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Frank8

Shanks' Pony?

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"Last month, the British Retail Consortium recorded its worst fall in UK sales since records began in 1996. Footwear was the only growth sector, as food and drink, clothing, homeware, electrical, and others all fell."

Interesting. Maybe people are beginning to walk more.

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"Last month, the British Retail Consortium recorded its worst fall in UK sales since records began in 1996. Footwear was the only growth sector, as food and drink, clothing, homeware, electrical, and others all fell."

Interesting. Maybe people are beginning to walk more.

Or shoe manufacturers are cutting costs by cutting quality - so people have to buy shores more often?

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Or shoe manufacturers are cutting costs by cutting quality - so people have to buy shores more often?

Oh no! Not the shoe-event-horizon!

The ultimate decline of civilisation into a footwear obsessed econopocalypse as foretold by Douglas Adams in the Hitchhiker's Guide...

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It's possible. Modern shoes are often badly made, with composite soles that can't be repaired, so the whole shoe has to be replaced; I would imagine a lot of people wouldn't even think a pair of shoes could be repaired, even if there was a decent cobbler near them.

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Oh no! Not the shoe-event-horizon!

The ultimate decline of civilisation into a footwear obsessed econopocalypse as foretold by Douglas Adams in the Hitchhiker's Guide...

No no no! Stop being a drama queen!

It's just an admission of de-feet by the downtrodden consumer!

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I would imagine a lot of people wouldn't even think a pair of shoes could be repaired, even if there was a decent cobbler near them.

It costs more to get shoes repaired than they are worth. Cost me £40 to get a pair of shoes (that only cost £50 in a sale) heeled and soled. When the January sales came around this year I bought four pairs at £40 each.

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It costs more to get shoes repaired than they are worth. Cost me £40 to get a pair of shoes (that only cost £50 in a sale) heeled and soled. When the January sales came around this year I bought four pairs at £40 each.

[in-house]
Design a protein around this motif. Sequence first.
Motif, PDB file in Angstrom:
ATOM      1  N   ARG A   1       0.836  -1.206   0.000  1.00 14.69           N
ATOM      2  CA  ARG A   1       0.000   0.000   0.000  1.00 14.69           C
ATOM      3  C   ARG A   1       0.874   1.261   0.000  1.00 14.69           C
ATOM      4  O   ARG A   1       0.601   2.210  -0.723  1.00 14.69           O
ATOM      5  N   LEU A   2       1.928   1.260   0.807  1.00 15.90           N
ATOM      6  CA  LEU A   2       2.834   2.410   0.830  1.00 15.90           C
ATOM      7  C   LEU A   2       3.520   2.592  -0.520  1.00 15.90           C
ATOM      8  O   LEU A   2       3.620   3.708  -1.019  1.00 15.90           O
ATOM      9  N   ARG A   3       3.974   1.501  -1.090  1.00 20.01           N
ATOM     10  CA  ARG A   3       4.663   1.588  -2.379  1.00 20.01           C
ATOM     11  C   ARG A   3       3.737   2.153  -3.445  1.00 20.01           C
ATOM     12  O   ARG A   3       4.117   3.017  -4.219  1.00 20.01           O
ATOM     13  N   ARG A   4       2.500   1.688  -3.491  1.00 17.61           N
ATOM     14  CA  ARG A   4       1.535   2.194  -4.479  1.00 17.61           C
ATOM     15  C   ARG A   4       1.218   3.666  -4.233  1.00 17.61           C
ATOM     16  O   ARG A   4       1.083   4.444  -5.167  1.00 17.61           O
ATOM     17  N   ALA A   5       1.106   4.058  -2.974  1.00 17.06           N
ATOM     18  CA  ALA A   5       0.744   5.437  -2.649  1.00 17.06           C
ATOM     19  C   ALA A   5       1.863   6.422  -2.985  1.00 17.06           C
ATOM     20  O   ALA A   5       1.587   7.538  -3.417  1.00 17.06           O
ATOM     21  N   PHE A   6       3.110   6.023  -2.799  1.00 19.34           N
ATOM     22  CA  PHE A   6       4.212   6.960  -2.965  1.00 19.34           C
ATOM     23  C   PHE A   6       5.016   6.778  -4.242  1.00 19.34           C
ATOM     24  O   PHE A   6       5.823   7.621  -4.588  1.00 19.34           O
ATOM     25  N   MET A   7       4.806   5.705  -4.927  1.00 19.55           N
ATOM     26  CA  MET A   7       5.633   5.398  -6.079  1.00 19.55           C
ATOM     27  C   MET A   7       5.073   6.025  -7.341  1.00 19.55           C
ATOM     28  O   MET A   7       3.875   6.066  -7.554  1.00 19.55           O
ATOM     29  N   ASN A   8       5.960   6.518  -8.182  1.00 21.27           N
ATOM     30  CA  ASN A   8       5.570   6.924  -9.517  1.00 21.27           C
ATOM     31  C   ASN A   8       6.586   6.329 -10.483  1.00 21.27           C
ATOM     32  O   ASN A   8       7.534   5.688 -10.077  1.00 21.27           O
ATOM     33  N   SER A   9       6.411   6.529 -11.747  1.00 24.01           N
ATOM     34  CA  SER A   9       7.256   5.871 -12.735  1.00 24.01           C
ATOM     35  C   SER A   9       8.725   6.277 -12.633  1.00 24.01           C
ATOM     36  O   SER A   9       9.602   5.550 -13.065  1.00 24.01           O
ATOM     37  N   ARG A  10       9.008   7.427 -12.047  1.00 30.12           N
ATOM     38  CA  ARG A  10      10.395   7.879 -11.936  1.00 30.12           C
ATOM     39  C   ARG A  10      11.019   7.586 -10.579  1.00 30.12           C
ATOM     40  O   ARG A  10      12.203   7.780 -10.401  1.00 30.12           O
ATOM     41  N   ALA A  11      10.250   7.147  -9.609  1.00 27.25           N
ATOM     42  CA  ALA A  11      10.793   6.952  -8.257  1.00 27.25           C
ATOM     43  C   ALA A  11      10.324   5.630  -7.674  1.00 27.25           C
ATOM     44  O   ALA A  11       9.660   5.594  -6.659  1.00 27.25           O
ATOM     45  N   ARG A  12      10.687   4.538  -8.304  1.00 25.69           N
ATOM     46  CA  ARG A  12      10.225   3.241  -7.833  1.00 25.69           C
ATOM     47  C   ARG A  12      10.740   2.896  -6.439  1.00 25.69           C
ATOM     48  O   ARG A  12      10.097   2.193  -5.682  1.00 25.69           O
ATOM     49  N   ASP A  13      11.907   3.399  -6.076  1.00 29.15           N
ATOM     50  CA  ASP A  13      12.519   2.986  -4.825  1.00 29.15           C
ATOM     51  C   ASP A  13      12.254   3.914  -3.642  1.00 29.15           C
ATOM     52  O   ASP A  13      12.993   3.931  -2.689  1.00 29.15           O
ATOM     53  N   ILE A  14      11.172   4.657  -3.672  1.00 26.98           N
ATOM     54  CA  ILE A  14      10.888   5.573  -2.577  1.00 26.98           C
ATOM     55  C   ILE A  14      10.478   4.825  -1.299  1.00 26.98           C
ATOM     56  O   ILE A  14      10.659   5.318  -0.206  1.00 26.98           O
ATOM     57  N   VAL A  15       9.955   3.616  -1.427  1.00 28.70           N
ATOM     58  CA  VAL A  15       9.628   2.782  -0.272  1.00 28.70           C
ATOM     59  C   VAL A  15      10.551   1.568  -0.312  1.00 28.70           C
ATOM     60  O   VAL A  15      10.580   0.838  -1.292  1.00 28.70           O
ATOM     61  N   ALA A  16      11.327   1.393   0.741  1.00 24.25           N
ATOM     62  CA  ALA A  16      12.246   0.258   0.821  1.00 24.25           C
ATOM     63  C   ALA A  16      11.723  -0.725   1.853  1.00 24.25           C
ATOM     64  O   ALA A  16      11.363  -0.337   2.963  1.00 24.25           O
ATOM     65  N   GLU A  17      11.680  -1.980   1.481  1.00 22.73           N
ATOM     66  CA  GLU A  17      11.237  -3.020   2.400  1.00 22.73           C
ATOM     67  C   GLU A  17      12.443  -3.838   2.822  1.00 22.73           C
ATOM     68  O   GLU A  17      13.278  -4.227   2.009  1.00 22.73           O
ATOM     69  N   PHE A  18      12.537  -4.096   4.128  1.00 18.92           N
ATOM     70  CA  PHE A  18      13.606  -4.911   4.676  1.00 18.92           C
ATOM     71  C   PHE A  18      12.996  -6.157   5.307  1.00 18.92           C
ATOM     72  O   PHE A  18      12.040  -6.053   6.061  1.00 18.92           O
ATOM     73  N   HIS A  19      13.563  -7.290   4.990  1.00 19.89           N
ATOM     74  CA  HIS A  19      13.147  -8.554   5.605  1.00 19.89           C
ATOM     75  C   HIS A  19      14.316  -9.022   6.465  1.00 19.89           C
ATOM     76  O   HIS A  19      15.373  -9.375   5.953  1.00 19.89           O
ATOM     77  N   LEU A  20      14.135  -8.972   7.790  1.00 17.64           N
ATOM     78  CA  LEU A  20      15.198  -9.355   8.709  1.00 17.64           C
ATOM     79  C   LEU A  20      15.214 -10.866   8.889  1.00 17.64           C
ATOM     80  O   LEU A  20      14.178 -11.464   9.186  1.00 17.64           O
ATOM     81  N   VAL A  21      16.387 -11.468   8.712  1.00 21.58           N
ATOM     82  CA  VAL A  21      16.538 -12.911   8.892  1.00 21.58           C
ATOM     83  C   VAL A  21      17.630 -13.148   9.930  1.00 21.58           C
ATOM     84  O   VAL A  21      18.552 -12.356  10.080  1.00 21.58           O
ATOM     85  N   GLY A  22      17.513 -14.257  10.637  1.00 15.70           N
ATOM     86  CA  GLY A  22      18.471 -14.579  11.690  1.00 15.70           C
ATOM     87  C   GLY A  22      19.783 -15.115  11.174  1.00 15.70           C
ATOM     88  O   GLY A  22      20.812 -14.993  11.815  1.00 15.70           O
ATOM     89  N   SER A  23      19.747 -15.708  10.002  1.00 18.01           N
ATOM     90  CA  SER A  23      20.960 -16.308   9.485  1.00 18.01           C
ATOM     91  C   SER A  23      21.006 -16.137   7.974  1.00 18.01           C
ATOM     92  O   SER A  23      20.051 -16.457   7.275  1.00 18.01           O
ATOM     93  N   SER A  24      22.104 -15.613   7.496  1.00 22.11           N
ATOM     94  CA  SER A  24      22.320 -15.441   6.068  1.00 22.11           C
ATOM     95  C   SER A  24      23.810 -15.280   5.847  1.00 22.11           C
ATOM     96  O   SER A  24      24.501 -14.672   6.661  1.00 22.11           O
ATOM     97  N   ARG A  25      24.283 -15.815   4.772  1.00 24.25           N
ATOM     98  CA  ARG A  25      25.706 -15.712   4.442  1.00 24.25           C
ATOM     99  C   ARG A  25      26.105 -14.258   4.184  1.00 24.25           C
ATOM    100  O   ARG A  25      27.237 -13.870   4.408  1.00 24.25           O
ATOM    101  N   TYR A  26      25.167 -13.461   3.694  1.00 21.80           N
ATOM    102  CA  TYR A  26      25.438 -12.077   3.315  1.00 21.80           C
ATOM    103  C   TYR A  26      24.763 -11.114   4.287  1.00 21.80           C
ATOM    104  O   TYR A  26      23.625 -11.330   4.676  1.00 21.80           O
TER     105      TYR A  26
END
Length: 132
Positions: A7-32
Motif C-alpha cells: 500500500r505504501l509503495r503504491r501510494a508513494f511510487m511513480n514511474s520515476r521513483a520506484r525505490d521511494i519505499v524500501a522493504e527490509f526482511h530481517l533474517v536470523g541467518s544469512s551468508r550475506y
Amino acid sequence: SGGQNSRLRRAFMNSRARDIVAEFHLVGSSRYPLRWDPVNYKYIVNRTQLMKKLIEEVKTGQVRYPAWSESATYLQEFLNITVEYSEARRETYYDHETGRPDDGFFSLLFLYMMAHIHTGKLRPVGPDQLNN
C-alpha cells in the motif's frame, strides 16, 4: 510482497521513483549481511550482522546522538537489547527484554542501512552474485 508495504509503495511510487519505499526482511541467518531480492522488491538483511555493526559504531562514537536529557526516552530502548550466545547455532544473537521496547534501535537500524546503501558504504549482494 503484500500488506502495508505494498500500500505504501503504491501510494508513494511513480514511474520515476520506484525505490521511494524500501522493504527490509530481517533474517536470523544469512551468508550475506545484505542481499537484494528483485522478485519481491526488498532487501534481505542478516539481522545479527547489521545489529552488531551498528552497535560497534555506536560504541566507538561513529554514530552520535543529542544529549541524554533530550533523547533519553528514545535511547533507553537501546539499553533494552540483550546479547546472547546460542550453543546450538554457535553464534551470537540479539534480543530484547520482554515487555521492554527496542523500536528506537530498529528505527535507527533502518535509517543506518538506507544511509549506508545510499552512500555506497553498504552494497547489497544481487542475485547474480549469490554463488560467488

True, but I find that good quality shoes with full leather lining and sole usually cost at least £100, so it's worth repairing them a couple of times. I often do the sole myself with one of those kits anyway.

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True, but I find that good quality shoes with full leather lining and sole usually cost at least £100, so it's worth repairing them a couple of times. I often do the sole myself with one of those kits anyway.

I find it rare that anything is worth repairing these days. I have thrown away many things as the repair cost often exceeds the cost of a new one. Only thing I had repaired in the last year was my watch which cost £125 :unsure::blink: The watch is worth a little more than that, but not much.

Maybe if I had a pair of Church's I might get them repaired, but normally by the time they need a new sole & heel the uppers are pretty spent as well and in the sales you can get good leather shoes for about £50. I just stock up when I see them, cos I need the money for the kid's shoes that need renewing every six months.

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I find it rare that anything is worth repairing these days. I have thrown away many things as the repair cost often exceeds the cost of a new one. Only thing I had repaired in the last year was my watch which cost £125 :unsure::blink: The watch is worth a little more than that, but not much.

Maybe if I had a pair of Church's I might get them repaired, but normally by the time they need a new sole & heel the uppers are pretty spent as well and in the sales you can get good leather shoes for about £50. I just stock up when I see them, cos I need the money for the kid's shoes that need renewing every six months.

Fair enough - it's a bit of a lottery anyway; I have a pair of Cheaney shoes whose uppers are almost good as new (in fact, the patina of age improves them) after 11 years, but I suspect the same quality would be harder to get now. It's particularly annoying to see shoes retailing for around £100 or more that have a cloth lining - they wear out in a few weeks! In fact the best shoes I've had recently were grade one surplus RAF parade shoes for £16.99 - very smart with 'bulled' toecaps and full leather lining, but very comfortable and good for long walks too.